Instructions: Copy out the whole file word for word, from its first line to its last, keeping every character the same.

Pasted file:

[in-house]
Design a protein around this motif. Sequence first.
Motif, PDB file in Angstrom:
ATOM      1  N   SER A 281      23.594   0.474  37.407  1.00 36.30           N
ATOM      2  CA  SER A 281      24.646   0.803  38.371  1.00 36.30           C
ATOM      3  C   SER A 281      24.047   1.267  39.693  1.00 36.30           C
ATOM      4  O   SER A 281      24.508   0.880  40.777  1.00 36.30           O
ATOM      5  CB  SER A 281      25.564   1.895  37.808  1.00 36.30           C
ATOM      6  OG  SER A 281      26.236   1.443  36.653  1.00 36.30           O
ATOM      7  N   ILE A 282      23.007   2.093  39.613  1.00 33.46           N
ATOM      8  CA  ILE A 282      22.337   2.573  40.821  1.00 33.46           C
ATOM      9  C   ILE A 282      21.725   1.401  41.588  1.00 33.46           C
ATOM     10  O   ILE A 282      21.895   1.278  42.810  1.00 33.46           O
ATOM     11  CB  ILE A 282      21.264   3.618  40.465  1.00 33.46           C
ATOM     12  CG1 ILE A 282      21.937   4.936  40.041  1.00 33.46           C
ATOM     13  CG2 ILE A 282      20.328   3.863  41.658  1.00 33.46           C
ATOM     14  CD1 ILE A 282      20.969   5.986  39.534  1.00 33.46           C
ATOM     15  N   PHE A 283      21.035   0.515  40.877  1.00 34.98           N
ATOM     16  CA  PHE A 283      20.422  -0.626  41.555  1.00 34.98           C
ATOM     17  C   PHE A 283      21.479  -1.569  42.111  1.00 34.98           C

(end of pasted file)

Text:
[in-house]
Design a protein around this motif. Sequence first.
Motif, PDB file in Angstrom:
ATOM      1  N   SER A 281      23.594   0.474  37.407  1.00 36.30           N
ATOM      2  CA  SER A 281      24.646   0.803  38.371  1.00 36.30           C
ATOM      3  C   SER A 281      24.047   1.267  39.693  1.00 36.30           C
ATOM      4  O   SER A 281      24.508   0.880  40.777  1.00 36.30           O
ATOM      5  CB  SER A 281      25.564   1.895  37.808  1.00 36.30           C
ATOM      6  OG  SER A 281      26.236   1.443  36.653  1.00 36.30           O
ATOM      7  N   ILE A 282      23.007   2.093  39.613  1.00 33.46           N
ATOM      8  CA  ILE A 282      22.337   2.573  40.821  1.00 33.46           C
ATOM      9  C   ILE A 282      21.725   1.401  41.588  1.00 33.46           C
ATOM     10  O   ILE A 282      21.895   1.278  42.810  1.00 33.46           O
ATOM     11  CB  ILE A 282      21.264   3.618  40.465  1.00 33.46           C
ATOM     12  CG1 ILE A 282      21.937   4.936  40.041  1.00 33.46           C
ATOM     13  CG2 ILE A 282      20.328   3.863  41.658  1.00 33.46           C
ATOM     14  CD1 ILE A 282      20.969   5.986  39.534  1.00 33.46           C
ATOM     15  N   PHE A 283      21.035   0.515  40.877  1.00 34.98           N
ATOM     16  CA  PHE A 283      20.422  -0.626  41.555  1.00 34.98           C
ATOM     17  C   PHE A 283      21.479  -1.569  42.111  1.00 34.98           C